We are not certain when the coronavirus vaccine will be available. But this may happen any time. The vaccine issue came up during the recent visit of Indian foreign secretary Harsh Vardhan Shringla. India has expressed their willingness to share the vaccine with Bangladesh as soon as it is available.

On the other hand, the possibility of getting 110,000 Chinese vaccines under an agreement between ICDDR,B and Sinovac has also been reported in the media, as did the Russian government's interest in providing free vaccines. However, it is not clear what will be the policy, plans and strategies of the Bangladesh government regarding the import, production and distribution of vaccines.


In this context, the National Technical Advisory Committee on COVID-19 has recommended 'advance payment' for the collection of vaccines from 'multiple' foreign sources instead of 'one'. Of course, there may be different opinions on this issue.

Because to get vaccine from multiple sources investment of huge sums will be required, which is a big risk. However, after reviewing the pros and cons, the government must finalize its initial policy and strategy on vaccine collection and management. Later they may change the plan to adapt to the situation.

Health and family welfare minister Zahid Malek said in mid-August, “Not everyone will be vaccinated at once. First the health workers, then the elderly, and then everyone else will get it.” But a month has passed and the government has not taken any steps in line with the three-step vaccination strategy. In fact, getting a vaccine is uncertain.


But when the vaccine will be available, there will be chaos because a lot is yet to be done. A survey will be needed. That's why experts are emphasizing 'serosurveillance' through antibody test kits. In order to know exactly how many human antibodies have been made. Because, those who have antibodies in their body, they will not need the vaccine.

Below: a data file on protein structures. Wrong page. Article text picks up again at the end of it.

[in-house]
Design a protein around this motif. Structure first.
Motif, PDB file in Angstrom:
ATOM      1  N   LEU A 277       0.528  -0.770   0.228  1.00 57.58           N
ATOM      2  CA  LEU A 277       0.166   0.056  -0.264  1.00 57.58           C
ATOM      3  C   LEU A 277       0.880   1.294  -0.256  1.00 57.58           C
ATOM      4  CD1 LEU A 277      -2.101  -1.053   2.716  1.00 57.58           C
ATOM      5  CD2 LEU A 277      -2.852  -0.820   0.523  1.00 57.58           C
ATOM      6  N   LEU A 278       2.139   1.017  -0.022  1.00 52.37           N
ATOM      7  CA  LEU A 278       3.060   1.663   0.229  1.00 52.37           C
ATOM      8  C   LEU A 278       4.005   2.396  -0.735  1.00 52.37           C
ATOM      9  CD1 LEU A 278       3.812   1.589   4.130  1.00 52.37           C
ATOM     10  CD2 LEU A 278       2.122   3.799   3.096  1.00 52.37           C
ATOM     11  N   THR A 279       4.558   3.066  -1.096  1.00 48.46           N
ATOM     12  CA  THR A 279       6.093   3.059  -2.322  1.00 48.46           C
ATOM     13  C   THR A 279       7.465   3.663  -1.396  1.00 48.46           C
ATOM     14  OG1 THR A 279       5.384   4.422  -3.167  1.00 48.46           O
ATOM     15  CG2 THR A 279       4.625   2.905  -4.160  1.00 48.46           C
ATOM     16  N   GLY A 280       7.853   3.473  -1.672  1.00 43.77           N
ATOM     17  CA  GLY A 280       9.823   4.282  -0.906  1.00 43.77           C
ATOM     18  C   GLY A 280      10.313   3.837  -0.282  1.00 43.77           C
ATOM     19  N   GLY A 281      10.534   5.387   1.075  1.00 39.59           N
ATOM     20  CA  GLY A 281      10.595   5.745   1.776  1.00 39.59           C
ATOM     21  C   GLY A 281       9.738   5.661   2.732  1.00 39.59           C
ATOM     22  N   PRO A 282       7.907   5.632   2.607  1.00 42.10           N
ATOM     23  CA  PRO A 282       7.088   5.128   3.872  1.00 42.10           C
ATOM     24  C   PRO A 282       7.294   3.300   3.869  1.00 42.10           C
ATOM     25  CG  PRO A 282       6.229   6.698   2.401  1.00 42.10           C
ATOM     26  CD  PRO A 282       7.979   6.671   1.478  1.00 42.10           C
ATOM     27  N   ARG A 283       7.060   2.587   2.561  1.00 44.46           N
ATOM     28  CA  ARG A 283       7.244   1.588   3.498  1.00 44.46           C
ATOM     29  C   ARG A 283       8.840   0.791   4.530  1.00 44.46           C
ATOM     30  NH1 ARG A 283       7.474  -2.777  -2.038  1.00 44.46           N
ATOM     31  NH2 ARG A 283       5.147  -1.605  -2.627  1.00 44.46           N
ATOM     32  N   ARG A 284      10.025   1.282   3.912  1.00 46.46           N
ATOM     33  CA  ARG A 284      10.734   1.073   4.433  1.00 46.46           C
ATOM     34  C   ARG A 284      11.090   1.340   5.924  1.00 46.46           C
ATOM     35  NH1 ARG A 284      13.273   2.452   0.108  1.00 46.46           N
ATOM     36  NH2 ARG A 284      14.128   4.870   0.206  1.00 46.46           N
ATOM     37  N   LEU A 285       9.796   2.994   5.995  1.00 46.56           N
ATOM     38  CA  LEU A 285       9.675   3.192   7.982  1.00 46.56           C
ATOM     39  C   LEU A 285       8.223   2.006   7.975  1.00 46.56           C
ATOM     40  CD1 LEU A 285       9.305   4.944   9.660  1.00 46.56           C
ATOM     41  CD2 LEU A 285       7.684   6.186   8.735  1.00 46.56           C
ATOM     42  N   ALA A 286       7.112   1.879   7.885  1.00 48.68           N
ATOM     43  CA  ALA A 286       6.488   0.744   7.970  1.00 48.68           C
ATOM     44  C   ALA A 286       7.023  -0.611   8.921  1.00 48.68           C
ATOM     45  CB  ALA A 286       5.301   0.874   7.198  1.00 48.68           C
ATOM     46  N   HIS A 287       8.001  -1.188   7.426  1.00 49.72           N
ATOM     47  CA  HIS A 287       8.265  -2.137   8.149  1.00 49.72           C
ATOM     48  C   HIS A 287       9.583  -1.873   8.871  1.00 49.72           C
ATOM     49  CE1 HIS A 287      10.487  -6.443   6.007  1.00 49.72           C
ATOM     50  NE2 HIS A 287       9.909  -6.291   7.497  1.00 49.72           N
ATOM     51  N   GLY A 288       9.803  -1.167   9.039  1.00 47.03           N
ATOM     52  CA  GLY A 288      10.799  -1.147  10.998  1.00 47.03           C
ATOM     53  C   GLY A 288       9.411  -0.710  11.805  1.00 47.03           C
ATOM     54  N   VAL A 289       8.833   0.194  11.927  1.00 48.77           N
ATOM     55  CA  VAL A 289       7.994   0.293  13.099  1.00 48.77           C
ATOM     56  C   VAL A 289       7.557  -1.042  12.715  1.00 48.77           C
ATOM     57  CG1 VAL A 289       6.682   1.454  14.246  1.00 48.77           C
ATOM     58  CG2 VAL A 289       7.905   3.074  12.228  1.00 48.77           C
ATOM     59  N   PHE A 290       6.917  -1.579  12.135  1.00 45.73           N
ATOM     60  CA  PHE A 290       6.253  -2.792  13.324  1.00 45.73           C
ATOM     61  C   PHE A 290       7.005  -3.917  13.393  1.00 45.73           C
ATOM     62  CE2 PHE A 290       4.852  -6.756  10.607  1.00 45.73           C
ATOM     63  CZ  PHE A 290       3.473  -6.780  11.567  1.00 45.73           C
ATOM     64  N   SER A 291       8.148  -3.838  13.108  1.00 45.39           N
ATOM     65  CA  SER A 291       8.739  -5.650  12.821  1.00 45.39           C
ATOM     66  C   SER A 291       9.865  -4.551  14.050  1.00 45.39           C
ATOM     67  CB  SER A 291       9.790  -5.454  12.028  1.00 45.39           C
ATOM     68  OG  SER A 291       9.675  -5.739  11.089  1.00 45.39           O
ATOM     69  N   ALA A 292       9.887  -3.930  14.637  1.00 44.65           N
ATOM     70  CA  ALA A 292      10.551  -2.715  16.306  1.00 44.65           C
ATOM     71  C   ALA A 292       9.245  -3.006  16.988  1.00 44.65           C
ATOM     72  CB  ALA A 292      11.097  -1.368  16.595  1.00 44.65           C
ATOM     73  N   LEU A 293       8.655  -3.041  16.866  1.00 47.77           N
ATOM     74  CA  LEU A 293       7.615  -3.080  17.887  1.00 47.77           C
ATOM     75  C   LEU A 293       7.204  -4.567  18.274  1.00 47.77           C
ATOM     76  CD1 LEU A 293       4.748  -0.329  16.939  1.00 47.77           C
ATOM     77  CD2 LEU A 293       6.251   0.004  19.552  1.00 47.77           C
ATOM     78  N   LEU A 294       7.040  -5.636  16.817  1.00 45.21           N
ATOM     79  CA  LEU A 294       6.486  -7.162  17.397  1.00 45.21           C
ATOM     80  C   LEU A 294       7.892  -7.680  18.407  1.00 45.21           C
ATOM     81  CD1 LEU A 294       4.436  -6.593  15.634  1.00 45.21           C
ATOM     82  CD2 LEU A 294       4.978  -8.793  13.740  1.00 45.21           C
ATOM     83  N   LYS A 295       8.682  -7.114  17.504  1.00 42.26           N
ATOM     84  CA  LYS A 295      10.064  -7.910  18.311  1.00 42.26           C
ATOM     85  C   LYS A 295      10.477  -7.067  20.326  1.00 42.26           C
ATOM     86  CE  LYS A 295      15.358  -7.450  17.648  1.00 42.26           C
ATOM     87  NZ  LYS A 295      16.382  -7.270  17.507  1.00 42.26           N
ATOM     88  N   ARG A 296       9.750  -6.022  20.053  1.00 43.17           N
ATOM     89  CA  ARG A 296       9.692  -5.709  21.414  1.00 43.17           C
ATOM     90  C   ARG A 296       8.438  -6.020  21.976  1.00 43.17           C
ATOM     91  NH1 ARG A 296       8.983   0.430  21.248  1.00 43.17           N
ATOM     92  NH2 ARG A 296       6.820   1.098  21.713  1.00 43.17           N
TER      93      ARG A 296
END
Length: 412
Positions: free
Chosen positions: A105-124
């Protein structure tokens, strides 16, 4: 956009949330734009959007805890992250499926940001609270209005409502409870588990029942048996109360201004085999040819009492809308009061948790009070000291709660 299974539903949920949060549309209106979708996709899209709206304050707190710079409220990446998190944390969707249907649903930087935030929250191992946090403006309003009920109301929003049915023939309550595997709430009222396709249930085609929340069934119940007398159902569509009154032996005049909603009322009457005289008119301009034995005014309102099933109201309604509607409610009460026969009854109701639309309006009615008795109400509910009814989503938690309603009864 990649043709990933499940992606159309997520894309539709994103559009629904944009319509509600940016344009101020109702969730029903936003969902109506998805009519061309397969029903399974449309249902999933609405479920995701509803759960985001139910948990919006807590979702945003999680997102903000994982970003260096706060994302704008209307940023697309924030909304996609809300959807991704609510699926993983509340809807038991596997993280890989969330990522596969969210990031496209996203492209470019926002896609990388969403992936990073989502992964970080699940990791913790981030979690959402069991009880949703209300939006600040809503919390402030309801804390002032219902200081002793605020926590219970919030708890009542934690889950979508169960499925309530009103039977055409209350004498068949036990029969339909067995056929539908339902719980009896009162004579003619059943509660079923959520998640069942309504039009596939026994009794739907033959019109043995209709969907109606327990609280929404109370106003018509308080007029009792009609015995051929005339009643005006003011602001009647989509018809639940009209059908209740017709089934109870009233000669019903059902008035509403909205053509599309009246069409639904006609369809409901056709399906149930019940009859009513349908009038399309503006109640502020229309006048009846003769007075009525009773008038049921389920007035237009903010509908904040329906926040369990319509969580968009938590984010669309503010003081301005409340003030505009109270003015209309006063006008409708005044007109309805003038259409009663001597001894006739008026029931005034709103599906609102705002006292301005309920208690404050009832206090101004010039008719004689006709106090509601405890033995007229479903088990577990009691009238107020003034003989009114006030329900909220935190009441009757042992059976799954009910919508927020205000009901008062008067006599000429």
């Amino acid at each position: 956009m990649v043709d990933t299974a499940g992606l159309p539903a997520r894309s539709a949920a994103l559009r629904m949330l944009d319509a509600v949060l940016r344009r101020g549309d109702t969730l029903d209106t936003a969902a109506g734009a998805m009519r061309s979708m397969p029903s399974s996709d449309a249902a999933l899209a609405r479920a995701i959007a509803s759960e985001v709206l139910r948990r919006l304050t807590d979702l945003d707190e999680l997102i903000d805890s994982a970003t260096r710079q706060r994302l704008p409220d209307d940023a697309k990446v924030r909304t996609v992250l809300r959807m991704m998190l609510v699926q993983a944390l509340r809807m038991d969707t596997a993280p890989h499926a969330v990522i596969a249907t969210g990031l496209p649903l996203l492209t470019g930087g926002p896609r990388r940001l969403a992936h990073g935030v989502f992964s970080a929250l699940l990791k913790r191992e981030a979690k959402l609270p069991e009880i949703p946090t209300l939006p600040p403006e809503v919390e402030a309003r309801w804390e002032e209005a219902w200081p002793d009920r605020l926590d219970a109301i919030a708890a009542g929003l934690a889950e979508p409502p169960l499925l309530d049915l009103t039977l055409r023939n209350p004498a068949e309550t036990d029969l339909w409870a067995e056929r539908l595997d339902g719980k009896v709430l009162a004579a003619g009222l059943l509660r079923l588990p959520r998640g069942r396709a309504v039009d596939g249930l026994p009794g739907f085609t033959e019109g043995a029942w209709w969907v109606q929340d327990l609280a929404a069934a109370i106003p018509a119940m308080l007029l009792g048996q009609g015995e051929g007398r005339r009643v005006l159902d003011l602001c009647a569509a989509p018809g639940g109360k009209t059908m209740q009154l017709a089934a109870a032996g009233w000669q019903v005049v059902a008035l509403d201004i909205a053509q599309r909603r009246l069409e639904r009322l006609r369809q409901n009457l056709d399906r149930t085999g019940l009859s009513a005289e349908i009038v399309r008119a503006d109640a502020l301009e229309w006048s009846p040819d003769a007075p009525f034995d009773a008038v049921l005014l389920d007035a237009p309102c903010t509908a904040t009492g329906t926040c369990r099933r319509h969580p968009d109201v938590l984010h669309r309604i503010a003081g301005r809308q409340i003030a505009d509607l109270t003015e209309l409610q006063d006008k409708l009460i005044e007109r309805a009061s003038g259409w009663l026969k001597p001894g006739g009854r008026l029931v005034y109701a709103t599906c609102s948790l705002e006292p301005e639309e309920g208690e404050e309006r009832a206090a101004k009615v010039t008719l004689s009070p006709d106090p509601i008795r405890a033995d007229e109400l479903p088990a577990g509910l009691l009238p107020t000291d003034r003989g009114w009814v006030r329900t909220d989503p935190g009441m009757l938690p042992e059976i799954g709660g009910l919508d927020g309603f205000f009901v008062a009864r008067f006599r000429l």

Sadly, no such activity is visible to this end, although the issue is very much important. If we do not act now, people who have antibodies in their body will also get the vaccine and those who need it will be deprived.

Involving the public and private sectors of Bangladesh in vaccine import and distribution is a huge challenge. Being able to do the job competitively reduces the risk of imposing exclusive authority. The coronavirus vaccine, a joint venture between the University of Oxford in the UK and the AstraZeneca Company, is seen as quite promising.


Although the trial of that vaccine was suspended a few days ago, it has been resumed. A Bangladeshi private company has entered into an agreement with the Seram Institute of India to supply the vaccine to Bangladesh. The company said in a statement that it would provide the vaccine. The health minister said efforts were being made to bring the same vaccine officially. But no more details could be known.

We believe that the vaccine and its management should be taken very seriously. Considering the transport risks, timely collection of vaccines from foreign sources do not appear as the best option. That is why priority should be given to exploring alternatives like vaccine production through joint ventures within the country.